Spending vs. Saving

A reporter called me the other day to ask why most Americans can’t seem to save for their future. That conversation subsequently got me thinking more about why most people can’t – or won’t – save. We’ve long had the developed world’s lowest rate of savings, and recent federal government statistics indicate that the national savings rate has actually gone negative, meaning that the average consumer spends more on goods and services than he or she takes home in after-tax income. We are indeed a nation of debtors.

That disturbing phenomenon may potentially have a very troubling impact on both the nation’s economy and – on a more personal level – the quality of retirement for millions of folks.

It occurred to me that most people are caught in a vicious cycle of relying on credit to buy things and trying to pay off those bills while continuing to use credit to buy even more things. It looks something like this:

  • January to March: Pay off the bills from holiday shopping.
  • March to April: Pay off winter vacation bills.
  • April to May: Pay the unexpected tax bills.
  • June: Opening-the-pool and landscaping expenses after the long winter.
  • July to August: Summer vacation with the kids.
  • September: Pay off the debt accumulated over the summer.
  • October to November: Pay off the back-to-school expenses from September.
  • November to December: Accumulate holiday shopping debt that you’ll pay off in the first three months of the New Year.

Wishing and Hoping and Taxes

Then there are those secular other expenses you wish you had saved for; i.e., grandma’s 90th birthday party, major home repairs or your daughter’s wedding. You had every intention of saving for this major expense, but somehow the time flew and you didn’t squirrel away a single dime over the last 25 years. What were you thinking? I know what you were thinking: not much. You were hoping. Hoping for what? To win the lottery!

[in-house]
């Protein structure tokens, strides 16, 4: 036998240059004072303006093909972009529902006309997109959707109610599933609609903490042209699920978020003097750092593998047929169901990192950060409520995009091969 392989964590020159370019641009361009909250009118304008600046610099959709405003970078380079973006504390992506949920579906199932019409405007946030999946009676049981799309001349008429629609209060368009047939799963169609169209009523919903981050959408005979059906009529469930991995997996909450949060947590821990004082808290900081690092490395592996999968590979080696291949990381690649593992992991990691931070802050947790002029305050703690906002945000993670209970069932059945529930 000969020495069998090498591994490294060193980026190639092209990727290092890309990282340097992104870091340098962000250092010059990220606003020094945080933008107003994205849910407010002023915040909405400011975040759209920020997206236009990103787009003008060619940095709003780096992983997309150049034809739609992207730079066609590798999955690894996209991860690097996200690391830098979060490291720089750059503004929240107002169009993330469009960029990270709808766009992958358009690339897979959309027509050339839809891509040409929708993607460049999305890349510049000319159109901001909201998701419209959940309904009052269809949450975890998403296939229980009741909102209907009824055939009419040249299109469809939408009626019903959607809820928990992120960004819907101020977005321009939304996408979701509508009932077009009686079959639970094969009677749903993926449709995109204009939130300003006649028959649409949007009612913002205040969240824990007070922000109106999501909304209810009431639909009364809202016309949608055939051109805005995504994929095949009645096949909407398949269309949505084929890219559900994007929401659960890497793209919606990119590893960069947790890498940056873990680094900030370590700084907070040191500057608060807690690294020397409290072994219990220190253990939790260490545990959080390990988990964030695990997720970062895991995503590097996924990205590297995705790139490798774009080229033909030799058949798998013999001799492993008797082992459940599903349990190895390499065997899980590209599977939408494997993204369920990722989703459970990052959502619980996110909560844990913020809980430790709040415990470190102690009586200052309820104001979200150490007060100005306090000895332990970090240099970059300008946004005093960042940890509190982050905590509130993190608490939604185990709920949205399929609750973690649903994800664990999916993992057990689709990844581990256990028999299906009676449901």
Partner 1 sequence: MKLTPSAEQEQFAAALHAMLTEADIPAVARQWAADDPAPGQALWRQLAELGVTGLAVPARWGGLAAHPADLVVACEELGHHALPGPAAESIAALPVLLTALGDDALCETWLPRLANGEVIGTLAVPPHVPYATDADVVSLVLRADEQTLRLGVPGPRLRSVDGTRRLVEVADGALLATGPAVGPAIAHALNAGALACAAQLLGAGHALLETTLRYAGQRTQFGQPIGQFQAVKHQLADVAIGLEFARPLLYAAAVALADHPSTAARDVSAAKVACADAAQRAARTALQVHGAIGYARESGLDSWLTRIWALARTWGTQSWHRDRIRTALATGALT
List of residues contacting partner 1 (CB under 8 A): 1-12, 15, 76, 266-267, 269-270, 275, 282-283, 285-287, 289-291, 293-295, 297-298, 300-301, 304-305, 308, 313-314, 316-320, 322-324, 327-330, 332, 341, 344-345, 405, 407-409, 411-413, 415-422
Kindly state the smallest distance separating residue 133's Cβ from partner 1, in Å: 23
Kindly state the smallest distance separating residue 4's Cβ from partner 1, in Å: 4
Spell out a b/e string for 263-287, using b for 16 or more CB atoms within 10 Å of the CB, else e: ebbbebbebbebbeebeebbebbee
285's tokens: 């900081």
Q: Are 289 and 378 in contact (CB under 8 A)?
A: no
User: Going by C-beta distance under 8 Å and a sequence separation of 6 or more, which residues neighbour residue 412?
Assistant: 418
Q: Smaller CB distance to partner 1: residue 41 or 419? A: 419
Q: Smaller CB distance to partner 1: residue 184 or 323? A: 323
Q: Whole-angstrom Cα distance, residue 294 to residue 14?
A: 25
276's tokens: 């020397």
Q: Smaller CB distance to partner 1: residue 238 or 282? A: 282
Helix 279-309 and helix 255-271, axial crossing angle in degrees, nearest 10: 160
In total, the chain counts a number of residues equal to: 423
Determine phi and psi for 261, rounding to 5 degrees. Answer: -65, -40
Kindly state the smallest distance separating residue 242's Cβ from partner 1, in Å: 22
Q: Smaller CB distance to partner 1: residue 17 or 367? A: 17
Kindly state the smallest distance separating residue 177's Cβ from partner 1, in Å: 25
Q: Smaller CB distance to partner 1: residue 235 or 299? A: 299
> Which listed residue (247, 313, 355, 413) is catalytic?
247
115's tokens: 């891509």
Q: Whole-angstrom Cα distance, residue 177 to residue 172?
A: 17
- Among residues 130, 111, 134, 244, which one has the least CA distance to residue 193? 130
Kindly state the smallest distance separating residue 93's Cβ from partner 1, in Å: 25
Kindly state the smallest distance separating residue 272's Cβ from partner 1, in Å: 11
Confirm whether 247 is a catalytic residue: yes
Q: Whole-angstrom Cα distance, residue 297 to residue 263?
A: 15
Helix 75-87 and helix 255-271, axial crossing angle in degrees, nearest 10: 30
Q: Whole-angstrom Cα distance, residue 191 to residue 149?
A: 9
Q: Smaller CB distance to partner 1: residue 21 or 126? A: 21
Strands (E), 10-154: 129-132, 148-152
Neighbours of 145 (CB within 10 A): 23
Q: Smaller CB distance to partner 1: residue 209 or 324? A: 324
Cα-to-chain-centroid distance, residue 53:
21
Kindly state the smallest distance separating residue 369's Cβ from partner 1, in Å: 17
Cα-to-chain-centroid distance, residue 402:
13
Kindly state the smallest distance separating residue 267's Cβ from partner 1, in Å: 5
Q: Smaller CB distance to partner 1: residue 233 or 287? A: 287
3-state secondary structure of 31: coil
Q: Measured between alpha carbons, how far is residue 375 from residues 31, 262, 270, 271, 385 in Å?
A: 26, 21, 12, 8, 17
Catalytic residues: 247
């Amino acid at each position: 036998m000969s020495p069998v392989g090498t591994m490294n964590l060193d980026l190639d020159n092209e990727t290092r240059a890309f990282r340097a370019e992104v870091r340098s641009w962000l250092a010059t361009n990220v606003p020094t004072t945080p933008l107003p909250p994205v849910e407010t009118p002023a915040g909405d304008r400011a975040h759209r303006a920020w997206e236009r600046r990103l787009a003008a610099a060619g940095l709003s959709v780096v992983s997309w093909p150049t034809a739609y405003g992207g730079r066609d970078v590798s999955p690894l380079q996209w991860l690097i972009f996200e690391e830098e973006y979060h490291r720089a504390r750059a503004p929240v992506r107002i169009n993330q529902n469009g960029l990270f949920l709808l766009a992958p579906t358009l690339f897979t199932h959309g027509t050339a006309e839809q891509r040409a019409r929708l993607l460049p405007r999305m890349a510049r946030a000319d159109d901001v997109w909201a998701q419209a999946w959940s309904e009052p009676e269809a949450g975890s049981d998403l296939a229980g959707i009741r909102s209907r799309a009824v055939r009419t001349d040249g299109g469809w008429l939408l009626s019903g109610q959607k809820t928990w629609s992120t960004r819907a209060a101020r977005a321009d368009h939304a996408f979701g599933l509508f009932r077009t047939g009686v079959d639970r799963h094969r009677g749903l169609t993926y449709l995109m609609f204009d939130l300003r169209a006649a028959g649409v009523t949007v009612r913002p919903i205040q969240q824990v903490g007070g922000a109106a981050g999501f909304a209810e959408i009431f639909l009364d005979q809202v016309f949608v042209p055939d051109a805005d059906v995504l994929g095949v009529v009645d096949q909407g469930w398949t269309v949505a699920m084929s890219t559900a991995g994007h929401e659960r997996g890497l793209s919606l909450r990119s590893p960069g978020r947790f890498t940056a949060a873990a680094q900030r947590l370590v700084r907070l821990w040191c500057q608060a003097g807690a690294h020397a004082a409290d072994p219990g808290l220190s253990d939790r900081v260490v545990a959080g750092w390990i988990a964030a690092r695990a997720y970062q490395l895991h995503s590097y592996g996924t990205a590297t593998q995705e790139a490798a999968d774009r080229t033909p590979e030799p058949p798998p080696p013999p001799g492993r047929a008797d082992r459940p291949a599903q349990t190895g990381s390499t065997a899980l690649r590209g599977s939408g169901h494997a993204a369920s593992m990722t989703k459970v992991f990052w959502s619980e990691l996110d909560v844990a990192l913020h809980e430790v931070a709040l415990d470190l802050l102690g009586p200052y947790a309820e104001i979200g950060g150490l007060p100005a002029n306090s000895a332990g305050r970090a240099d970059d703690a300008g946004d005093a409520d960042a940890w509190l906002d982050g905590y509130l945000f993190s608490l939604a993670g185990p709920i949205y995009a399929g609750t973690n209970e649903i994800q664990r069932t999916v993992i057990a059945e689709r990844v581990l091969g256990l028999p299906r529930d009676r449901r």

So the all-too-familiar vicious cycle starts over again and never ends unless you actively take steps to stop it.

On top of all this, you pay 25% to 30% of your hard-earned income in federal income and FICA (Social Security and Medicaid) taxes and a further 4%-8% in state and local levies. In other words, more than a third of the workday is devoted to satisfying your tax obligations. Another way to think about it is to assume that you only get to keep about two-thirds of what you earn

As many of you know, my definition of insanity is continuing the same bad behavior over and over again and expecting a different and better outcome. So how does one stop the insanity?

Four Steps to Success

1. Begin tracking your expenses on a daily basis.
2. Prepare a realistic budget for the next 12 months that include:
a. Savings in your budget as an expense against your income.
b. Your taxes as a budget expense.
3. Accelerate you progress by automation. Don’t trust yourself to save. Set it up to be done automatically for several different accounts:
a. Retirement.
b. Children’s education.
c. Emergency fund.
d. Vacation fund.
4. Get a 15-year mortgage instead of the conventional 30-year Mortgage. You’ll be amazed at how quickly you can build up principal in your home and pay down the debt. This is a very nice way of forcing yourself to save. Accelerating your mortgage schedule is a very effective and painless way to save without realizing you’re actually saving.

Following these steps will help switch off the counterproductive behavior that got you into this vicious cycle and once again put you in control of your financial destiny. In fact, recognizing and admitting to yourself that you have lapsed into a dangerous state of financial indiscipline is the first step to recovery and, ultimately, success.

Helpful tool: Go to www.rwroge.com and click on the “Planning Tools” tab. Then click on the “Income and Expenditure Worksheet” tab to download this worksheet. It will help you create a budget that will provide a clear picture of outflows and inflows, the crucial first step to breaking that vicious cycle.

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